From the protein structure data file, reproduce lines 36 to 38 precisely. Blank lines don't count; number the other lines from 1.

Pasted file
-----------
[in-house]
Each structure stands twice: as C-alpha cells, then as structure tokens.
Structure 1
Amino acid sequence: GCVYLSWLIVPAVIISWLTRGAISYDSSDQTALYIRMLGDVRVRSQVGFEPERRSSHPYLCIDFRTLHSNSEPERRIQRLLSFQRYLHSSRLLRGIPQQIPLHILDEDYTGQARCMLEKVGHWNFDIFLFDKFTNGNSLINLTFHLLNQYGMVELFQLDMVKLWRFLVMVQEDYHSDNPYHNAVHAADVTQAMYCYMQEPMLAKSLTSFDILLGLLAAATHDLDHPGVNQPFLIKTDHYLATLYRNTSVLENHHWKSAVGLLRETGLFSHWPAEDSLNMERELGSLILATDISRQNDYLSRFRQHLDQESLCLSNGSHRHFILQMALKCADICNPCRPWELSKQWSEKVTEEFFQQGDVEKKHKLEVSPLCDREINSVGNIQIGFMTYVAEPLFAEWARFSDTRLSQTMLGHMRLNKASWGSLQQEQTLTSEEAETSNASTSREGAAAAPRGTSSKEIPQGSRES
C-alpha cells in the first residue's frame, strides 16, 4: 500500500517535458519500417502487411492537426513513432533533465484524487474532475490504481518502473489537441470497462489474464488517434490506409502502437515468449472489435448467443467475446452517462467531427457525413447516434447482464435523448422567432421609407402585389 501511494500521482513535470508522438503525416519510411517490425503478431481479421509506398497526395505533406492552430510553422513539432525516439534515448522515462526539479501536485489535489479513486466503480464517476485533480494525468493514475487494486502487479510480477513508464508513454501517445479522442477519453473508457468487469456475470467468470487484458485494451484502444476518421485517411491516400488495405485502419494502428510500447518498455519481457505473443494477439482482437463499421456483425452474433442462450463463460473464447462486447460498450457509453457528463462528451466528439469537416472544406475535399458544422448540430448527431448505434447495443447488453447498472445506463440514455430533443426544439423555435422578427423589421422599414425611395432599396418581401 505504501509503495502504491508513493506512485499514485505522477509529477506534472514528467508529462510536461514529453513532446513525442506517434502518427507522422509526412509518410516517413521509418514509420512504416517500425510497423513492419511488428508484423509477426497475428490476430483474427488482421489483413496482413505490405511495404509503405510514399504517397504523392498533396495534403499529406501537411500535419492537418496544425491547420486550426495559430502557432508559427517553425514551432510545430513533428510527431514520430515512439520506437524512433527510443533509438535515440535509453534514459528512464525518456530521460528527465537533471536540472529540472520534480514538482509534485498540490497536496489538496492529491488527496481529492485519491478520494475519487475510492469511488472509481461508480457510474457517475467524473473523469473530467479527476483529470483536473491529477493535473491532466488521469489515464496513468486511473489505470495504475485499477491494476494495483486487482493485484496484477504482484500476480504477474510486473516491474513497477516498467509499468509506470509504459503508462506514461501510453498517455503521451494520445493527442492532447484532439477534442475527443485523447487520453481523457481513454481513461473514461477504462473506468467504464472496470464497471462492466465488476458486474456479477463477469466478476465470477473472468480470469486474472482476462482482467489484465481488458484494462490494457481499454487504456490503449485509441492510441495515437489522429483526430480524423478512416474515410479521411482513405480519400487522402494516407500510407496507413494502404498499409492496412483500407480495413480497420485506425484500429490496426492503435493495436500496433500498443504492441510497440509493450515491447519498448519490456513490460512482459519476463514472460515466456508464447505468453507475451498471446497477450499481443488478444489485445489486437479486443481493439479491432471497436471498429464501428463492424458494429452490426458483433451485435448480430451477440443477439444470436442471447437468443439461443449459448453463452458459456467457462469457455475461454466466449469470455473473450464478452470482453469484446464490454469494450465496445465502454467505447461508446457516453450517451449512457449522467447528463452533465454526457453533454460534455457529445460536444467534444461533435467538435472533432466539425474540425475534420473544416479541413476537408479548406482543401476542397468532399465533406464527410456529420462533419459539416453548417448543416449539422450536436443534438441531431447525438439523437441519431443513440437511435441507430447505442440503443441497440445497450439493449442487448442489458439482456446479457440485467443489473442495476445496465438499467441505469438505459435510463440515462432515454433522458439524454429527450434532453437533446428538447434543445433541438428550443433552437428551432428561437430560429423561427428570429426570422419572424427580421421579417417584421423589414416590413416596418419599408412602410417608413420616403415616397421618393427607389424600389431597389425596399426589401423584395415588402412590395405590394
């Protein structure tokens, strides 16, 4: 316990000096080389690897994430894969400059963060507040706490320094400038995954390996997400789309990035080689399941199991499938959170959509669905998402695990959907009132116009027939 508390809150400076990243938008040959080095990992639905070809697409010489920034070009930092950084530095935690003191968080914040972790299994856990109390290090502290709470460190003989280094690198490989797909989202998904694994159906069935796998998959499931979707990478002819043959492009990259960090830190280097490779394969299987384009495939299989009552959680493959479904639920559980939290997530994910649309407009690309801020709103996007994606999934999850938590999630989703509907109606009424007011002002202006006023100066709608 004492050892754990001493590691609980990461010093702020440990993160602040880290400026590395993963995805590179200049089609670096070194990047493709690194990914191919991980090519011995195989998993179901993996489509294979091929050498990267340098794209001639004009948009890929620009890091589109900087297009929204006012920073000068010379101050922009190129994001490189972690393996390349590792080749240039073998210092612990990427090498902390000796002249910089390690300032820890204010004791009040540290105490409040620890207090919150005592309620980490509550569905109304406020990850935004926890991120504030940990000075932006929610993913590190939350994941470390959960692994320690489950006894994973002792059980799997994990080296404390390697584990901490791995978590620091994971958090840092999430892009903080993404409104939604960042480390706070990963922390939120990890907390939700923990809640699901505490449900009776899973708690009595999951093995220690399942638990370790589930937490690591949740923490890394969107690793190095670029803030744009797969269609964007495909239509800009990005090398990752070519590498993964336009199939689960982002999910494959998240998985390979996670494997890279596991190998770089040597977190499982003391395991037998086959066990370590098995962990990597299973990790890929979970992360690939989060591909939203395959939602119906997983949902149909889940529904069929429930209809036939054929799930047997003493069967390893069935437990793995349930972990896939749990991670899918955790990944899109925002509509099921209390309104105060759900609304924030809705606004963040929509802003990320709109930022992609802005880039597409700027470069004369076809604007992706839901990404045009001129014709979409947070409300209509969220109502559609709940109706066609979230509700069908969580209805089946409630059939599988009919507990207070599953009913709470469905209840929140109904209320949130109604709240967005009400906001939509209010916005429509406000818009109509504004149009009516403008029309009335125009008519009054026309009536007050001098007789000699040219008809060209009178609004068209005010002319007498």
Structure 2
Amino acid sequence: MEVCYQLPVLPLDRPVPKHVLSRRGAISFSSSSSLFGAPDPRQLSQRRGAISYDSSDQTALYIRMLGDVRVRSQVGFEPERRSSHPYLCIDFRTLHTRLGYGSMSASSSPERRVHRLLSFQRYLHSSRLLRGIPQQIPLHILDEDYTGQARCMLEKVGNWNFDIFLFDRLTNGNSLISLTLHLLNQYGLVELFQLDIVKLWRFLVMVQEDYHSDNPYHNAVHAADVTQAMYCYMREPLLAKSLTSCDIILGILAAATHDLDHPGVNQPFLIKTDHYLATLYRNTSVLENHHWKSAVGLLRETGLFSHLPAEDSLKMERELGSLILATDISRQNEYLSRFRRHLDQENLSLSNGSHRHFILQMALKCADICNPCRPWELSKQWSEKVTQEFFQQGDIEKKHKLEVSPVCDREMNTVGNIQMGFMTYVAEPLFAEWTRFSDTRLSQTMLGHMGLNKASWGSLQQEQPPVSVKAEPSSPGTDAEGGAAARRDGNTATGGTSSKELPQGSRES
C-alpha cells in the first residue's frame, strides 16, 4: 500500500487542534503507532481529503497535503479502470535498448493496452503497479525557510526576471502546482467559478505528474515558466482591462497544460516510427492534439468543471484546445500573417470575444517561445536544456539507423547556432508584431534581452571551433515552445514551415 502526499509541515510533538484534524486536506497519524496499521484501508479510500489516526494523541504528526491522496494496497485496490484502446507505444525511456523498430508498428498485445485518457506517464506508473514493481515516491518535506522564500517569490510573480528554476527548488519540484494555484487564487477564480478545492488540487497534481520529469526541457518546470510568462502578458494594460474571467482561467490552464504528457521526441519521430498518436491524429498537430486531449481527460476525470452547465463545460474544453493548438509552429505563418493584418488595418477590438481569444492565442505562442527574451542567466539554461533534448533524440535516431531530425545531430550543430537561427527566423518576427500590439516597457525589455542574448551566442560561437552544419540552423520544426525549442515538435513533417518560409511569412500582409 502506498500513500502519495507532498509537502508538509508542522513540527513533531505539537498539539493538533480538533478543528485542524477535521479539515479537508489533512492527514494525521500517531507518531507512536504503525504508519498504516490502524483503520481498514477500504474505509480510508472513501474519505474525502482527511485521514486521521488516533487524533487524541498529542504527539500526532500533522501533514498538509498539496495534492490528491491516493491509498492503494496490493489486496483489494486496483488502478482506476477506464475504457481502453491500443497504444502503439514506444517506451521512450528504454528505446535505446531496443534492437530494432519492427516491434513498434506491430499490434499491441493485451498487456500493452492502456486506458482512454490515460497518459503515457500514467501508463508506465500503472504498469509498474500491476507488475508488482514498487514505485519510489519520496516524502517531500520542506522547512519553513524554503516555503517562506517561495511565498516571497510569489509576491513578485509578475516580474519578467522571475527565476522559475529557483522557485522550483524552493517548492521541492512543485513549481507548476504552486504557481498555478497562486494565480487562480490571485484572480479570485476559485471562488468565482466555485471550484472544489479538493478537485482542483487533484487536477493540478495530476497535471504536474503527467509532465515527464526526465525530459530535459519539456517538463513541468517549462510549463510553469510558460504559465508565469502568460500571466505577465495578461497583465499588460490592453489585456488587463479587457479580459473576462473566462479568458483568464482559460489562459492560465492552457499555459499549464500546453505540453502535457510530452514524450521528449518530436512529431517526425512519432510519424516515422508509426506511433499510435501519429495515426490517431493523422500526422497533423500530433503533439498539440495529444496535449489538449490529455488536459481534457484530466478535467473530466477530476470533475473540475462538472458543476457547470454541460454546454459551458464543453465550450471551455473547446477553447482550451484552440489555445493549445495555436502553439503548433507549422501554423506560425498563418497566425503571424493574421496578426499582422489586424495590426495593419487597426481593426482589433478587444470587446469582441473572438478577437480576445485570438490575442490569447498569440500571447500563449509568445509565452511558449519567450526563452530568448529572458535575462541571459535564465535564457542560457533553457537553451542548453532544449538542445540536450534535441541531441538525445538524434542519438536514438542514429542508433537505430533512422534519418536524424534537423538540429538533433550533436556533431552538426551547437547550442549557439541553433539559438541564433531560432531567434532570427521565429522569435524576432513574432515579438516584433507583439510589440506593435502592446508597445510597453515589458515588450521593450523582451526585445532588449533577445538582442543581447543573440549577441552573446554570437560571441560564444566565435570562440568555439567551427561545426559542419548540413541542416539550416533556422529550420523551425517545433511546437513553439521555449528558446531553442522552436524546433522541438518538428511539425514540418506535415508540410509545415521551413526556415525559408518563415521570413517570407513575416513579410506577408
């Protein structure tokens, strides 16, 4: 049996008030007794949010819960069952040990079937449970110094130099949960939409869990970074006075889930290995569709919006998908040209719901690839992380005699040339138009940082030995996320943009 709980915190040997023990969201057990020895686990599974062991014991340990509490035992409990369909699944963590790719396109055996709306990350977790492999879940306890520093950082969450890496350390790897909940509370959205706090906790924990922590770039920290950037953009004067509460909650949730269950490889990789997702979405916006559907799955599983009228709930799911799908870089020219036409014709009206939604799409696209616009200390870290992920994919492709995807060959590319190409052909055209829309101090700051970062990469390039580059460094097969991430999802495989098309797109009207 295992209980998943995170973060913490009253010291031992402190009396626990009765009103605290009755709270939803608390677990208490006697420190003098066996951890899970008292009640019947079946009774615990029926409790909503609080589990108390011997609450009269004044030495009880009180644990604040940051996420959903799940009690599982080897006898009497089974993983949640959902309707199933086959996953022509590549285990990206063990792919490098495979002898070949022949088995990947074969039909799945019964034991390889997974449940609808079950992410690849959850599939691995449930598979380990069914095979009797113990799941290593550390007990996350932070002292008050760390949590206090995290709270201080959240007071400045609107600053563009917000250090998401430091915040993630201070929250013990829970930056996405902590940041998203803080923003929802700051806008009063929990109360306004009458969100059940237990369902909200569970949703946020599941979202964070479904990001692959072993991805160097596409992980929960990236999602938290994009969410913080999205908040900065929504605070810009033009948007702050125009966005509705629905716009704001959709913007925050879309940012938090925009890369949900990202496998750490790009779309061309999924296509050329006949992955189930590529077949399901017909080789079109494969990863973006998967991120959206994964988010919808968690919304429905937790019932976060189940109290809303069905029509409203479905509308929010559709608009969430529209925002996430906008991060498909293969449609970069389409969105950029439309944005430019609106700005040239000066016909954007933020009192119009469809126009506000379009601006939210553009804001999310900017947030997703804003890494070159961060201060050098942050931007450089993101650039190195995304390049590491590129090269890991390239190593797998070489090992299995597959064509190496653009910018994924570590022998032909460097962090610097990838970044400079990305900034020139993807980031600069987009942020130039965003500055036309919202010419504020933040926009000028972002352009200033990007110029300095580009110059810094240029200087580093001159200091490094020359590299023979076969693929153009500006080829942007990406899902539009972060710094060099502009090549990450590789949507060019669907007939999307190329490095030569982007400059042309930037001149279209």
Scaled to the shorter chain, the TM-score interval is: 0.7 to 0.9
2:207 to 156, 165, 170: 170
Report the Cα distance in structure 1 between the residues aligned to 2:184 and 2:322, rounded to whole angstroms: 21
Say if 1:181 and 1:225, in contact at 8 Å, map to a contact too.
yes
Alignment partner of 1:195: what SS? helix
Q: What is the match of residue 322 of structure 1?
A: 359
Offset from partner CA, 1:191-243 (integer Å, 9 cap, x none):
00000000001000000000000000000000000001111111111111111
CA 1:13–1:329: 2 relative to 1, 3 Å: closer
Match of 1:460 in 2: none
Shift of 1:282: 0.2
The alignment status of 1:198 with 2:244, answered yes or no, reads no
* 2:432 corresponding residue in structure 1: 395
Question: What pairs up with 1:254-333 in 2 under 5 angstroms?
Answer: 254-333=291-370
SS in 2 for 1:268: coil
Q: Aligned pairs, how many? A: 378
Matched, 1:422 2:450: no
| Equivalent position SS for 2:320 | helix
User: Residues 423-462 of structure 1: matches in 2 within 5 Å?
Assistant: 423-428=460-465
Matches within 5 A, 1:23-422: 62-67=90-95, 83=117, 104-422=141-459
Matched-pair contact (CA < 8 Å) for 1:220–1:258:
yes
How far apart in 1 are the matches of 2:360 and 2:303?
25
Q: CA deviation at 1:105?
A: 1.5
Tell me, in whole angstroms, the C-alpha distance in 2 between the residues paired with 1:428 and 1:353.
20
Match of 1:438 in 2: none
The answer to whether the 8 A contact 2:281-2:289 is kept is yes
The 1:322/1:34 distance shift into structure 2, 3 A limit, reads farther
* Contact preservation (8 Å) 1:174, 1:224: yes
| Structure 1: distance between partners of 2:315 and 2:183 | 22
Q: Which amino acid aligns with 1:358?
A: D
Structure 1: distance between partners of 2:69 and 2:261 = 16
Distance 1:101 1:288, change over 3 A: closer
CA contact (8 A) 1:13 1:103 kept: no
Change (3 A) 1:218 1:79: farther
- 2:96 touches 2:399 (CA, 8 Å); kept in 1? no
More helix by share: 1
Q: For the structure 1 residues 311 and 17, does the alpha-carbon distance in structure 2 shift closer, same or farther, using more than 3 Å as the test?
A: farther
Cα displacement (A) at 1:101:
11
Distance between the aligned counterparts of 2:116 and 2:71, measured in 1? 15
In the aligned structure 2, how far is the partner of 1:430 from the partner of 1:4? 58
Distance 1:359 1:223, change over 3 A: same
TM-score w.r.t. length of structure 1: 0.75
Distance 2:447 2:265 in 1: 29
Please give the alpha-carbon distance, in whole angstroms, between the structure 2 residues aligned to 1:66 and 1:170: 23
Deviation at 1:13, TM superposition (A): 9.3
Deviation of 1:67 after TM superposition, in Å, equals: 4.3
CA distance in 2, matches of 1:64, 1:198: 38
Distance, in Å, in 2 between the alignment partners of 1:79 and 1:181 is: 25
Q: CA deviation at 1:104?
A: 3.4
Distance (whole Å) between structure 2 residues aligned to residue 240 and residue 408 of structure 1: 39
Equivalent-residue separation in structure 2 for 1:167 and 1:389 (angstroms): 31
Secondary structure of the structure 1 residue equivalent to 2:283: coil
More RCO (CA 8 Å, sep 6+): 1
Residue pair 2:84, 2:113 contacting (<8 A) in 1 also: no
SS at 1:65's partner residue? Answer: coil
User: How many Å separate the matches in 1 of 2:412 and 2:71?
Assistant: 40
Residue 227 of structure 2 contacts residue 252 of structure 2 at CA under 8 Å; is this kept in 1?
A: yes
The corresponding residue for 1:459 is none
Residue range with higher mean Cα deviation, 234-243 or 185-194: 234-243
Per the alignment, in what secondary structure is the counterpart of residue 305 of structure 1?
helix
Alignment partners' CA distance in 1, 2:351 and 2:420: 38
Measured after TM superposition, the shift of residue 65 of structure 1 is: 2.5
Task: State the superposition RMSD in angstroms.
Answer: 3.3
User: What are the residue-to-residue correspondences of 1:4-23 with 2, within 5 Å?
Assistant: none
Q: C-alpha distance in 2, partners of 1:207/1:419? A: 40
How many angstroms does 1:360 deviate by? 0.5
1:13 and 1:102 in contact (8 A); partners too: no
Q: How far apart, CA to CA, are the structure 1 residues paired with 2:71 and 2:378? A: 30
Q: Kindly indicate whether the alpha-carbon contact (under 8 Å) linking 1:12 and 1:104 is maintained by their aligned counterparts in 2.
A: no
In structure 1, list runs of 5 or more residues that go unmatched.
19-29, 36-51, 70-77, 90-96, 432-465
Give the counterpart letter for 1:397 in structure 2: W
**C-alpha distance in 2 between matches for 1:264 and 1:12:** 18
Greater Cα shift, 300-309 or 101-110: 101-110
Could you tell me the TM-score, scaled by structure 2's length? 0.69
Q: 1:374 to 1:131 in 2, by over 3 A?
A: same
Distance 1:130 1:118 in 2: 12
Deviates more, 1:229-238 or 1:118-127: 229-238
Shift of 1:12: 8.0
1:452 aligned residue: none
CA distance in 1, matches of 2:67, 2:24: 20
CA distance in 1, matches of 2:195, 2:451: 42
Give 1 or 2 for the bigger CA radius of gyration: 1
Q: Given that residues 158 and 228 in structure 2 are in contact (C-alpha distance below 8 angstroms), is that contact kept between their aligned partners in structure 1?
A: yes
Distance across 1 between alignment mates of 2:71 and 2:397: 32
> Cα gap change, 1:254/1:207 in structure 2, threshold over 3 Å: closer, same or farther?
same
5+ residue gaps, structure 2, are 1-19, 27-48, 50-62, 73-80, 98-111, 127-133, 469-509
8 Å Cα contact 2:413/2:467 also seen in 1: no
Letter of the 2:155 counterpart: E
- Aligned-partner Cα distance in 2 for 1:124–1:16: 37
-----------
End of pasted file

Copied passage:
yes
How far apart in 1 are the matches of 2:360 and 2:303?
25